Philippines ought to double down on Chinese market, say tourism experts

Instead of being complacent about the growth in inbound Chinese arrivals, industry stakeholders are urging the Philippine government to maintain the market’s upward trajectory by continuing its marketing and promotion efforts in China, while improving tourism infrastructure on the homefront.

“The whole world is knocking on China’s door and countries like Malaysia and Thailand have big (marketing) budgets for China. But while the Philippine Department of Tourism (DoT) recognises that China is a huge market, it doesn’t send high-level delegations to tradeshows in China,” a travel consultant who declined to be named noted.

Tourism stakeholders want the Philippine government to step up efforts to woo more Chinese travellers; Chocolate Hills in Bohol, Philippines pictured

The DoT reported that Chinese arrivals jumped 39 per cent during the January-August 2019 period, edging out Japan and the US as the country’s biggest source market second only to South Korea.

In view of strong regional competition for the Chinese tourism dollar, Paul So, managing director of Great Sights Travel and Tours, warned that the Philippines should take a proactive stance in wooing visitors from China, especially against a more challenging global economy outlook.

Aside from leisure travel, Mary Ann Ong of Bridges Travel and Tours general manager inbound, hopes that the Philippines will be able to crack the MICE market from China.

“MICE is our strength. We need more MICE groups to balance quantity and quality,” Ong remarked.

However, Ong pointed out that although the Philippines has no lack of destinations, many still do not have adequate tourism infrastructure.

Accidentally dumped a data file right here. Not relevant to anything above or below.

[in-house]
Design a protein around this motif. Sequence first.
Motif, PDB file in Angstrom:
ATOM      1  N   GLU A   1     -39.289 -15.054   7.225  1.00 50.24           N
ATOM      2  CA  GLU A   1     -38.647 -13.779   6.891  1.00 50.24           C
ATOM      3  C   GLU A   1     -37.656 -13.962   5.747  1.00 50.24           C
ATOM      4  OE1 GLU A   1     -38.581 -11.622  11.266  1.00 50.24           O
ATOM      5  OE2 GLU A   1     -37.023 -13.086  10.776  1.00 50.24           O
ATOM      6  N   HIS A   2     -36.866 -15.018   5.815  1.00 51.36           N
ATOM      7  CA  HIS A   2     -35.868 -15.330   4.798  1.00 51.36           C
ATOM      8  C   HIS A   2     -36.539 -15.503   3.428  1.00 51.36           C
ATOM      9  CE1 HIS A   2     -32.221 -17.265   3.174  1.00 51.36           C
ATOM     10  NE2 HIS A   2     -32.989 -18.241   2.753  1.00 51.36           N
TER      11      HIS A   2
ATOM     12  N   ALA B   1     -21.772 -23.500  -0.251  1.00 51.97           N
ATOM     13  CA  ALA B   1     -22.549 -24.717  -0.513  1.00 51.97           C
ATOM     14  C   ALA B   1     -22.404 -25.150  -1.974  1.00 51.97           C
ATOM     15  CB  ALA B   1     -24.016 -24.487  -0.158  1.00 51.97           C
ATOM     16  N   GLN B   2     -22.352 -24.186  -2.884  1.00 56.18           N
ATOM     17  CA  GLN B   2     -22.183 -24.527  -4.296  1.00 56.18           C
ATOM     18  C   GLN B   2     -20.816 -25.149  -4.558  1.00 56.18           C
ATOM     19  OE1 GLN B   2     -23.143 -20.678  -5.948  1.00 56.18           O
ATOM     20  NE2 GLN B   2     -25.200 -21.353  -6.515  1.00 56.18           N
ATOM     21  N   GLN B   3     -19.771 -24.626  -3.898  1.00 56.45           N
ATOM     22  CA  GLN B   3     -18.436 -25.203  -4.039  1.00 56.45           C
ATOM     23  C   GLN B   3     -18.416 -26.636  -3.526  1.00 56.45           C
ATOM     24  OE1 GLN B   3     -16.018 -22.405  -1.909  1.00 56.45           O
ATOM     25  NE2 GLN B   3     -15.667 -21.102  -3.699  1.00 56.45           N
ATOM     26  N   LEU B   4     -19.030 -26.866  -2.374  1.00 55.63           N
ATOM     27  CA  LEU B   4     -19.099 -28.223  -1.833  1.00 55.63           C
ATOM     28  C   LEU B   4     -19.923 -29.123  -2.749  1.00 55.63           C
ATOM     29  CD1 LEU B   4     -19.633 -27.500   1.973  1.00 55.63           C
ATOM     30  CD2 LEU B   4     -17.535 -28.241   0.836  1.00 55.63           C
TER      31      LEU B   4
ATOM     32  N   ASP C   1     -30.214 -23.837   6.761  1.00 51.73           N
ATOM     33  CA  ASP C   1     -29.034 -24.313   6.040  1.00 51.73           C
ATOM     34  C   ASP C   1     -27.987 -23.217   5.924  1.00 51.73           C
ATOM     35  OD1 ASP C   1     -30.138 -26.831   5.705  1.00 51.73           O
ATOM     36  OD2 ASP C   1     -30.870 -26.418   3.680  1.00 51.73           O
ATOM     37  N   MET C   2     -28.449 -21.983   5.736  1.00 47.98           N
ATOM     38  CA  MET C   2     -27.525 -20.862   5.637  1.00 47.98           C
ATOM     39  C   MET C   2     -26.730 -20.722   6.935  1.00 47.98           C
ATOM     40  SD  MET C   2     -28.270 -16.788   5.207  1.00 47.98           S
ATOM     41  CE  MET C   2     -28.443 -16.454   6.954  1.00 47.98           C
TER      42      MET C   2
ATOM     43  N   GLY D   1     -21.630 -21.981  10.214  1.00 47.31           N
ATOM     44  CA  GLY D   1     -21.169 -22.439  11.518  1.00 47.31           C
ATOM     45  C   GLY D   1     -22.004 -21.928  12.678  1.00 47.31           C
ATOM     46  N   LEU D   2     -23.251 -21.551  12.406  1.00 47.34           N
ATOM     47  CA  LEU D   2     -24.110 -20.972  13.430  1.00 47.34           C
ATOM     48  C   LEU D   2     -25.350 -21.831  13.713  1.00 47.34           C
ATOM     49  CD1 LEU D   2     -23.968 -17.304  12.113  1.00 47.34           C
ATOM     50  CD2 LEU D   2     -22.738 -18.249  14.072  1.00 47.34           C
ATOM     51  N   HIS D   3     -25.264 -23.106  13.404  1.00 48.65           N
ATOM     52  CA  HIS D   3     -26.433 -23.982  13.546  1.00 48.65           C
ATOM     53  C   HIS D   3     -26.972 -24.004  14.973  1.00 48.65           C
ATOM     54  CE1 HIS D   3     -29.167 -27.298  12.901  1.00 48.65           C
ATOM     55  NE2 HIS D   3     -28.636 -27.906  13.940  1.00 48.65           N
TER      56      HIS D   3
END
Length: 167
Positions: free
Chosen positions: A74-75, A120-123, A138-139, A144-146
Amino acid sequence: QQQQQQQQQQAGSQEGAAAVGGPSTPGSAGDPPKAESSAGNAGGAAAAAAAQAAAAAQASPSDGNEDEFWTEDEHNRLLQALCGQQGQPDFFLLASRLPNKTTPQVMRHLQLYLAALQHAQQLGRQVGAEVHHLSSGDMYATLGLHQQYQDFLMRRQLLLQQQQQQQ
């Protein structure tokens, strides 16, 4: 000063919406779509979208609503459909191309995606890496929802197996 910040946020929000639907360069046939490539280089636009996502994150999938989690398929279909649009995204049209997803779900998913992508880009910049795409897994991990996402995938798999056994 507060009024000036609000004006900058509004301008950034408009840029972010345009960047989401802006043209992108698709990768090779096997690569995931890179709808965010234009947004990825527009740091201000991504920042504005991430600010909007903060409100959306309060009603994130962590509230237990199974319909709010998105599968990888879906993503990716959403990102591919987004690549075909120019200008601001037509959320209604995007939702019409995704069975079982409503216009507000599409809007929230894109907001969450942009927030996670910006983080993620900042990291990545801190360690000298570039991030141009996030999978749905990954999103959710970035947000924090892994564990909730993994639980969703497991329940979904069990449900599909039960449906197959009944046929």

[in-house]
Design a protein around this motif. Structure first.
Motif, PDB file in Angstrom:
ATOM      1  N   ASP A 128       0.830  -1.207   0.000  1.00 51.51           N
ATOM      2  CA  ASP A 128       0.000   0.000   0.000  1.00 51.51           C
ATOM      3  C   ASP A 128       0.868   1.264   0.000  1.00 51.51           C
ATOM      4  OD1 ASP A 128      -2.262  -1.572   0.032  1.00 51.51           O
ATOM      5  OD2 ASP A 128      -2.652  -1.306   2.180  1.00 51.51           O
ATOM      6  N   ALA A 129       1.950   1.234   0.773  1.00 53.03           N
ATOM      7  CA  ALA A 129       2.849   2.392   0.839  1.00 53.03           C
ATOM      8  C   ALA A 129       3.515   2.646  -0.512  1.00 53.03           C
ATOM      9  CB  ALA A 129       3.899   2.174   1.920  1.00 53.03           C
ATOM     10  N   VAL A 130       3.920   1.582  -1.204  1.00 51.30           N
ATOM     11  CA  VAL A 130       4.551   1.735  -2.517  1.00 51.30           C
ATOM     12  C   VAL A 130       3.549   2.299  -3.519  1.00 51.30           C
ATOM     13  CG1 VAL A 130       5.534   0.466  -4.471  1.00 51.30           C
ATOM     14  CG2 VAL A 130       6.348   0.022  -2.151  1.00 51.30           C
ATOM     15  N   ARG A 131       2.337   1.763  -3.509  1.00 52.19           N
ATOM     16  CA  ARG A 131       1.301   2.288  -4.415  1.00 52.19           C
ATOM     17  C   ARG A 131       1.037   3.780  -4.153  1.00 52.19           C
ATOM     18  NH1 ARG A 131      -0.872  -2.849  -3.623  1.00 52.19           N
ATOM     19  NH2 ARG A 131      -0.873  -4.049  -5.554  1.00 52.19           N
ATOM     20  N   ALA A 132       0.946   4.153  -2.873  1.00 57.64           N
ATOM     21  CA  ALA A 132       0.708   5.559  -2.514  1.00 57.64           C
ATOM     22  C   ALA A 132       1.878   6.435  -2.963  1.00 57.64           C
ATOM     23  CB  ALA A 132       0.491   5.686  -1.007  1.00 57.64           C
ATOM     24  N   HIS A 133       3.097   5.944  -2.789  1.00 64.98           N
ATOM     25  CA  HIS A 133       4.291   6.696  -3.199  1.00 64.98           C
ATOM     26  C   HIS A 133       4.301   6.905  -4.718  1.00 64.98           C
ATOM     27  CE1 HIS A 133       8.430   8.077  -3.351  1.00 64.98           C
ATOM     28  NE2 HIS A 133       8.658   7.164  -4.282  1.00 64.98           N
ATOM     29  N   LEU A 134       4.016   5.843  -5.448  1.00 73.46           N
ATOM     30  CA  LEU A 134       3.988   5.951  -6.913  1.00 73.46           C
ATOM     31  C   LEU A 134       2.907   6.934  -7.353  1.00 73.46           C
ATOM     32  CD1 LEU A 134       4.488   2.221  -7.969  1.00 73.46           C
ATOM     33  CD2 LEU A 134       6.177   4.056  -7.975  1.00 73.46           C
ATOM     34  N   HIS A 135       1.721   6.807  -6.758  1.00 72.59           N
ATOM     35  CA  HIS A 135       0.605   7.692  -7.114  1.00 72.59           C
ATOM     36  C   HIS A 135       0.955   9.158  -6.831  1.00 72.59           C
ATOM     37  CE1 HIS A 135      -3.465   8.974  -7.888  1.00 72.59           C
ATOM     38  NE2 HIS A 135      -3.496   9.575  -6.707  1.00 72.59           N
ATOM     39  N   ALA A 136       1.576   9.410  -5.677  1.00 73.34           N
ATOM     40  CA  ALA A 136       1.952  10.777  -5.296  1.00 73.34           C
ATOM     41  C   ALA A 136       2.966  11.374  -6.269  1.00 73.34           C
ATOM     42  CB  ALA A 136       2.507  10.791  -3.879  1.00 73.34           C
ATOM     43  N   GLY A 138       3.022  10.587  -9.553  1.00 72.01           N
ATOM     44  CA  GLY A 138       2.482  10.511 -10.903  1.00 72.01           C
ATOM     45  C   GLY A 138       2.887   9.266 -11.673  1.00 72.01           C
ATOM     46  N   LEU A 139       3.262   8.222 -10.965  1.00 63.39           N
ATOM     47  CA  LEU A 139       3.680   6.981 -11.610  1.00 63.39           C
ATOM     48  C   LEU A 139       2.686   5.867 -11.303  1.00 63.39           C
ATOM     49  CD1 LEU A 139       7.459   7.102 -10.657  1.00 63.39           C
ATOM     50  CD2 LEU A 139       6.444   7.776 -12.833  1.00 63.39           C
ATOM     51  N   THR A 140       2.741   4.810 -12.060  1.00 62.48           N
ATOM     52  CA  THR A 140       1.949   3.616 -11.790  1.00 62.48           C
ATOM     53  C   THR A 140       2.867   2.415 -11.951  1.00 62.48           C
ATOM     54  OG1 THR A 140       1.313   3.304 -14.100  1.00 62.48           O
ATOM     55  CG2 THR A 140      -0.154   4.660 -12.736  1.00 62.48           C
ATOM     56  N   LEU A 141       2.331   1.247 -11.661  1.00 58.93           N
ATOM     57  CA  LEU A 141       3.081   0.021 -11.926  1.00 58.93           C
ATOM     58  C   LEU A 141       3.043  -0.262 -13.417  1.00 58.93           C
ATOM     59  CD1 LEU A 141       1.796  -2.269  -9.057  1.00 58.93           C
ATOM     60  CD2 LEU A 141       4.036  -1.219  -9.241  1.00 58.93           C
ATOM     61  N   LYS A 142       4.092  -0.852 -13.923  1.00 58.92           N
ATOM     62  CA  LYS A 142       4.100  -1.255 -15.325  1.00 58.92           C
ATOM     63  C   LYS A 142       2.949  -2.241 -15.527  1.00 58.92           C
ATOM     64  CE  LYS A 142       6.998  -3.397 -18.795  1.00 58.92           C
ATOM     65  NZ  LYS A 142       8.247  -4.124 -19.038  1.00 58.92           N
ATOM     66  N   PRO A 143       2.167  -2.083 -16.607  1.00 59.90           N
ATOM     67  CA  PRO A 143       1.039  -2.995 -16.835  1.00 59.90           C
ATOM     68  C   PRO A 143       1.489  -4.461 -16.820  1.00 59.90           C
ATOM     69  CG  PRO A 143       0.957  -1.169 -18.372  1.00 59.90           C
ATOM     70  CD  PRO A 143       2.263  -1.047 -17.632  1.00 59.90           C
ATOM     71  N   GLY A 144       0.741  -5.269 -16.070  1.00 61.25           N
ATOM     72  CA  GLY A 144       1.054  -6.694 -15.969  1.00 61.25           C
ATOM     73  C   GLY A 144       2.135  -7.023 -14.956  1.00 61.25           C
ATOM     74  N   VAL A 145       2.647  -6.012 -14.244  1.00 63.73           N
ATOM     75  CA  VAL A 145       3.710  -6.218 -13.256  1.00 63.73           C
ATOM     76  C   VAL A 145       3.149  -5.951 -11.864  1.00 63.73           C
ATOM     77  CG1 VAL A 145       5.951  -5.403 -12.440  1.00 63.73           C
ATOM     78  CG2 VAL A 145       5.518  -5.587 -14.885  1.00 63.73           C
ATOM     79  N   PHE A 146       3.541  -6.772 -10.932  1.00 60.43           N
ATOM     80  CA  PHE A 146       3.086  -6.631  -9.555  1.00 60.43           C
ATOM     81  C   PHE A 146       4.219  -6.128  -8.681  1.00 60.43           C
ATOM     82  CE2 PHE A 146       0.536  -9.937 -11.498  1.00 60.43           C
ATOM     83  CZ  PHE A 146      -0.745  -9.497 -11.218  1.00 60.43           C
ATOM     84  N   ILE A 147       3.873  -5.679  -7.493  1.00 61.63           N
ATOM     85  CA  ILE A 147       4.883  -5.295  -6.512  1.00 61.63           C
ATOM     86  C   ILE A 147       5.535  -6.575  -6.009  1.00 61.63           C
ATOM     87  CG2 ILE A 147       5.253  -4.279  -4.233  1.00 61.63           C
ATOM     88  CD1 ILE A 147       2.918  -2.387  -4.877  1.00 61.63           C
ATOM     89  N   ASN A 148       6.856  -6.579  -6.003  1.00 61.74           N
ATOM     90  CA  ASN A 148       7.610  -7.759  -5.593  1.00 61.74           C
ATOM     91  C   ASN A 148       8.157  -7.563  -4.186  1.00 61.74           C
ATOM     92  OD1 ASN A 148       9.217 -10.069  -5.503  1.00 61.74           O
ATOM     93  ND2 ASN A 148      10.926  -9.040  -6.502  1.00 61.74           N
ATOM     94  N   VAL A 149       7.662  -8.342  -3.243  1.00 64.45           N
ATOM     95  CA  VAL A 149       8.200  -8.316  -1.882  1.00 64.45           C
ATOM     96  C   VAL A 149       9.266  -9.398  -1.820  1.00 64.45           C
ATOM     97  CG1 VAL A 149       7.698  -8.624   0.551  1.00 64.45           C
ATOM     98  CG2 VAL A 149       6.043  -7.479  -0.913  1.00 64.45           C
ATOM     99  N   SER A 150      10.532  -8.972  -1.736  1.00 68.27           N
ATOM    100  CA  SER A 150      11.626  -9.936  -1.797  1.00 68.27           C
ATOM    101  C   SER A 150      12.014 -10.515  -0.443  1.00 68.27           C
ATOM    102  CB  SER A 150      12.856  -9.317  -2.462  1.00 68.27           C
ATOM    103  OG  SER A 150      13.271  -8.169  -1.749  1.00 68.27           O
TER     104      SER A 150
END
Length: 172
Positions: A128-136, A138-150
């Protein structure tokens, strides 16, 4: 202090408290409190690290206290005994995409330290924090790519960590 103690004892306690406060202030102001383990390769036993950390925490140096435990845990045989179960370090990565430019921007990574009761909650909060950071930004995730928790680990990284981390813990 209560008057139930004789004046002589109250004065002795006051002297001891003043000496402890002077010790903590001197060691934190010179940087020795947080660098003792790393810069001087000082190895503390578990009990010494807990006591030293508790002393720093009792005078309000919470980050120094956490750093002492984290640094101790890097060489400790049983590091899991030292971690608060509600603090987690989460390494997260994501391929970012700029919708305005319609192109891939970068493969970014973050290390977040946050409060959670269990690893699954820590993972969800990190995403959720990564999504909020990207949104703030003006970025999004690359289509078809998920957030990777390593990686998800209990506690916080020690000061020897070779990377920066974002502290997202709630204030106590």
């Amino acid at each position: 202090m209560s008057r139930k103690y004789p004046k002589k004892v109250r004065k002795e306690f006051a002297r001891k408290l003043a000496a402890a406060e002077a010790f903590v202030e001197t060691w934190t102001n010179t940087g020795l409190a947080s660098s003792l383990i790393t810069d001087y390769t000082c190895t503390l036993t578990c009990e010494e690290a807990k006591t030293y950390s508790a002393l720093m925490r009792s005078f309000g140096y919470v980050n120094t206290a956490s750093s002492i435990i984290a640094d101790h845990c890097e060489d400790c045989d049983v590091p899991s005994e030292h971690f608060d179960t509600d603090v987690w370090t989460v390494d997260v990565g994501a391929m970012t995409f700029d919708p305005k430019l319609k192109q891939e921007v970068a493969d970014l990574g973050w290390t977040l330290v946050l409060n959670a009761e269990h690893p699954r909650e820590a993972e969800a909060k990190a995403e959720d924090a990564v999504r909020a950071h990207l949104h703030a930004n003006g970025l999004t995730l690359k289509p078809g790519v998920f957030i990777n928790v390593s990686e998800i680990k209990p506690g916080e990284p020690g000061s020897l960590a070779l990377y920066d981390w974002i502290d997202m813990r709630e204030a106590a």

She said: “Bohol, for instance, is already a strong market but you could count the number of buses available during the peak season.” Ong also warned that Palawan cannot be heavily “pushed as a destination” as the buses in Puerto Princesa cannot be brought to outlying provinces because of narrow roads.

“Charter flights from China can also only land in Puerto Princesa, because Busuanga and El Nido have short runways,” Ong lamented.

Meanwhile, Great Sights’ So opined that more tourism dollars can be earned from the Chinese market if more quality products are developed.
“We have high-quality hand-made handicrafts, as well as agricultural and fisheries products, but we need more diversified products, and more outlets and showrooms for them,” he said.

And as beaches remain the main attraction for the Philippines, Reynel Pick, Performance Travel’s hotel inbound reservations officer, said Boracay remains the company’s top destination for Chinese tourists, followed by Cebu and Bohol.

Many Chinese also tend to come to the Philippines especially during the Golden Week in October, said Pick, which would be a good opportunity to capture travellers too.

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